God's Glory, Neighbor's Good: The Story of Pietism

Now available on DVD and streaming from Amazon.

Project Summary

Have you ever talked about a "personal relationship with God"? Does your faith inspire you to acts of compassion and justice for your neighbor? Have you ever studied the Bible in your home with friends or family?

If you answered yes to any of these questions, then your Christian faith has likely been influenced by Pietism. Pietism (from the word piety) is originally a movement within Lutheranism that began in Germany in the 1600s and spread to North America and around the world, impacting many different church denominations. The Pietist movement combined an emphasis on the centrality of scripture with a commitment to individual transformation and vibrant congregational living – exactly the kind of story of faith that is worth rediscovering today!

Sample Scenes

Photo Gallery

See photos from the film's production.

The Impact

This project has great potential to inform the contemporary discussion of faith and visions for the future. In today's postmodern religious landscape, mainstream denominational identities are giving way to a diversity of forms and practices. While there are merits to many of these trends, to be sure, there are also challenges, particularly in that narrating Christian history becomes difficult outside of denominational and institutional contexts. "Evangelical Christianity," though often invoked and spoken for in research as well as politics, needs to be defined in more nuanced and creative ways than has been the case in the past. We feel that this documentary series on Pietism will be an enriching resource that can help to give shape and definition to Christian congregations both within the traditional denominations, as well as within non-denominational contexts.

The story of Pietism is rich, diverse, relevant, and worth being told!

Our Team and the Scope of the Project

Our team is comprised of two script writers, Dr. Michelle A. Clifton-Soderstrom, professor of theology and ethics at North Park Theological Seminary in Chicago, Illinois, and Dr. Mark Safstrom, lecturer in Swedish and Scandinavian studies at the University of Illinois at Urbana-Champaign. Our executive producer is Dave Oseland and our filmmaker is Tim Frakes (www.frakesproductions.com). This project is being conducted under the aegis of North Park Theological Seminary, and with the support and advocacy of Pietisten magazine.

Our research on Pietism is motivated by a desire to make this heritage of German and Scandinavian Pietism accessible to a North American audience, particularly as it relates to the history and present-day identity and ethos of the Evangelical Covenant Church, the Evangelical Lutheran Church in America, the Evangelical Free Church, and the Baptist General Conference (Converge Worldwide). The rich connections and parallels between these communities and the Moravian and Methodist traditions will also be highlighted in our film.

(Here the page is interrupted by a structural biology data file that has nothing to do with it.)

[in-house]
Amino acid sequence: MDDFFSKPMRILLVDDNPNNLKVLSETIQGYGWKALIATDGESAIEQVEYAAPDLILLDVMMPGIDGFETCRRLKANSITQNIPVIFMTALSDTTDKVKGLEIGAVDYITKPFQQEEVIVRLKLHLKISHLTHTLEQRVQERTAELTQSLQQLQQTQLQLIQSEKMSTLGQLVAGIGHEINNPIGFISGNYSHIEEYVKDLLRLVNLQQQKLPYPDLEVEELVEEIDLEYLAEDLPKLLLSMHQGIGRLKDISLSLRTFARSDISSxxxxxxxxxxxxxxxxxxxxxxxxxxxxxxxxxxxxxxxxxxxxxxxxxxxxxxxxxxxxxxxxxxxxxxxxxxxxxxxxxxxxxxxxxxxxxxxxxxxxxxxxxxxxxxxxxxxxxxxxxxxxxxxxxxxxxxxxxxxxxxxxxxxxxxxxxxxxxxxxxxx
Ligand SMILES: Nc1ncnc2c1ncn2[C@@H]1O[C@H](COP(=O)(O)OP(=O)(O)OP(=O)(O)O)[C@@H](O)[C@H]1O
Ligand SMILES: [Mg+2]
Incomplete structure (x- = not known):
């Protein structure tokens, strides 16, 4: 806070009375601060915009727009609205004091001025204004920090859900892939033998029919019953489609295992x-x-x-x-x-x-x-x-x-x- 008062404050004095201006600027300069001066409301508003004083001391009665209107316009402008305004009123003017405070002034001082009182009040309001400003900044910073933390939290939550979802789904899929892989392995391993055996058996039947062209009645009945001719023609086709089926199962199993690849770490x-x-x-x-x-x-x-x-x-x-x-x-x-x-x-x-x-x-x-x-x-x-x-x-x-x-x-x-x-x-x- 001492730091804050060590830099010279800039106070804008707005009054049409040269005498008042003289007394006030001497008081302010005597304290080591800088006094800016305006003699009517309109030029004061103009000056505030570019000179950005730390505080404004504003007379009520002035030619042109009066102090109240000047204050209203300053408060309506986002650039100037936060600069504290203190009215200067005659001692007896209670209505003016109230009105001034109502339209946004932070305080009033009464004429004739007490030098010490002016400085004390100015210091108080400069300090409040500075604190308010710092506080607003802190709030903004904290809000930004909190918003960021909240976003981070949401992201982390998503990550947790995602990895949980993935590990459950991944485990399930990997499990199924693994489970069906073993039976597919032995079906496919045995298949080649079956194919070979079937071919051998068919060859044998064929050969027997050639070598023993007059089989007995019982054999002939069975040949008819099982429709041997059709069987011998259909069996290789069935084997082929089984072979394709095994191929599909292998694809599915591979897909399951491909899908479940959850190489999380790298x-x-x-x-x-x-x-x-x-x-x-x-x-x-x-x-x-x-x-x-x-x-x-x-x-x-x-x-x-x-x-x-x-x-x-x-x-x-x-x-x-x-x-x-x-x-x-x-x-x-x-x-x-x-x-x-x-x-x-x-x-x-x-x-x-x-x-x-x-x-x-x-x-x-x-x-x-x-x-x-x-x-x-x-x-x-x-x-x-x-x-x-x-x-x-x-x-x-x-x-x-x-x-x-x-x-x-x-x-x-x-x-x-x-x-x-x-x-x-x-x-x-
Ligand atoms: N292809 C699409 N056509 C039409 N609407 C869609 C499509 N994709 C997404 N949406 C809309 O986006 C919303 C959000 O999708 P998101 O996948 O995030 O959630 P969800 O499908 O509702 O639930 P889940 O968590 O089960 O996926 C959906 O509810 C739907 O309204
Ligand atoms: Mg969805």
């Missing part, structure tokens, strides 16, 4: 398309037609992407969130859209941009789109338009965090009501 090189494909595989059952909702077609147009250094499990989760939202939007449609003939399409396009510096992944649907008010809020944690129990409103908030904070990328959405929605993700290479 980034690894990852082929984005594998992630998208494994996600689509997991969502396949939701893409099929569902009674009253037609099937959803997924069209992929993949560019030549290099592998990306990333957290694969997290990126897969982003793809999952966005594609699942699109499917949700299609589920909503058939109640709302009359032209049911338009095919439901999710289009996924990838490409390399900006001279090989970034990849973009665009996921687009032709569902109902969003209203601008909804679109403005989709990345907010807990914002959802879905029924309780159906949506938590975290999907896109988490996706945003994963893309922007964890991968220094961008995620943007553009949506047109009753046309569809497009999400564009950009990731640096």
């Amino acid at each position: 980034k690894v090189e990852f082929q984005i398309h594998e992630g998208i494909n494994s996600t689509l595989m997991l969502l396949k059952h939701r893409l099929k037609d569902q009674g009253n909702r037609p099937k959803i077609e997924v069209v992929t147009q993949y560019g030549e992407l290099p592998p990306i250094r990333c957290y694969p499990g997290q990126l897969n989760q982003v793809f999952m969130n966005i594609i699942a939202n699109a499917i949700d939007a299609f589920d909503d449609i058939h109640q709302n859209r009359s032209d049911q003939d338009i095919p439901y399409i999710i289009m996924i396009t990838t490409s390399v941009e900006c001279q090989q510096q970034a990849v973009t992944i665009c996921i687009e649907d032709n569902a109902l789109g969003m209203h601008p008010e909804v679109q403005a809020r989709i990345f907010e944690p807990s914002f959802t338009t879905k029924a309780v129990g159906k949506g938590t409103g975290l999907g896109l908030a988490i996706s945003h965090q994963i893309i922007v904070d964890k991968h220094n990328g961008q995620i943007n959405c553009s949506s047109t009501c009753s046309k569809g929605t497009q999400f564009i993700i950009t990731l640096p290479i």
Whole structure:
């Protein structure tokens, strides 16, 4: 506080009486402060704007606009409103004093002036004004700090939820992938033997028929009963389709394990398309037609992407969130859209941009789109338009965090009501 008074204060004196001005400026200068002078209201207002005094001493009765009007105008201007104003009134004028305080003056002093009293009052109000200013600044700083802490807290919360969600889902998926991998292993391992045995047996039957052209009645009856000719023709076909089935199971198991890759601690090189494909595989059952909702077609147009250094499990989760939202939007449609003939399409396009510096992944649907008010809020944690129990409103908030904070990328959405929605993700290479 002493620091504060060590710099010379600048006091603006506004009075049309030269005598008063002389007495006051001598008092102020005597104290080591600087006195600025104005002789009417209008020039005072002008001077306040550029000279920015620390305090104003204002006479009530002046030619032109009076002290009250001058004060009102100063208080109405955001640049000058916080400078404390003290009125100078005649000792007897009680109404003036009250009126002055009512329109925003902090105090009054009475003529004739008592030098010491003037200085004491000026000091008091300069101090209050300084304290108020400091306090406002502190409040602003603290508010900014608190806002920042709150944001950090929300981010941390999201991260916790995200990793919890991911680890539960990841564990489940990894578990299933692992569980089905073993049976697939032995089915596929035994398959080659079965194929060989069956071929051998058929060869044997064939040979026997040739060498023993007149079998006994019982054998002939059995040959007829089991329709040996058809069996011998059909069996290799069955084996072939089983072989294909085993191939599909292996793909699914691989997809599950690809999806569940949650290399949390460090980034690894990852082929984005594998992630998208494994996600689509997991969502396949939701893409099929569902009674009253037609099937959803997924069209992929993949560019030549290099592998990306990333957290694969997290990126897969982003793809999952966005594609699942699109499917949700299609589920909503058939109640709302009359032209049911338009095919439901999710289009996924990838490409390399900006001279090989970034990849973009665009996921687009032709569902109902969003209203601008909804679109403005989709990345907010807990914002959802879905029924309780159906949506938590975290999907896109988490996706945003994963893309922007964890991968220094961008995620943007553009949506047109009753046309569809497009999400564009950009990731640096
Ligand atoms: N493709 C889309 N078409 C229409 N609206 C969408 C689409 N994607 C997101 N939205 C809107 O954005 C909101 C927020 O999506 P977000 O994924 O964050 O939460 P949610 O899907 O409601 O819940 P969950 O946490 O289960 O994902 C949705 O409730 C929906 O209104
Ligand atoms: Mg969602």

We believe the time is right for such a documentary series because there is currently a network of scholars who have been working together on the topic of Pietism over the past decade, such as at several conferences and colloquia at Bethel University in St. Paul, MN and at North Park. The result of these meetings is that we have a ready-made ecumenical community of people who have been discussing Pietism from multiple denominational backgrounds and disciplines. These scholars and clergy will be interviewed in the documentary, giving a rich perspective on the legacy of Pietism in their respective contexts.

Our script writers have completed extensive research on location in Germany and Scandinavia and have become intimately familiar with the locations that will be filmed in this series. In addition to the centers of classical Pietism, such as Halle and Herrnhut in Germany, we will also be including some of the lesser-told stories from Scandinavia and from the immigrant communities across North America. The historiography of Pietism has often been dominated by focus on German Pietists, and particularly male subjects. We will be designing our series in such a way as to shine the light on the women who were involved in these movements, as well as the marginal, but significant voices from Scandinavia. Thus, this project will complement, rather than duplicate, past research.

While there have been wonderful documentaries made about other Christian traditions by other filmmakers on topics such as the Shakers, Quakers and Methodists, there is a conspicuous lack of such materials on Pietism. Our documentary will conclude with contemporary accounts and interviews of pastors and scholars who will trace and discuss the legacy of Pietism as it relates to North American Christianity in the twenty-first century.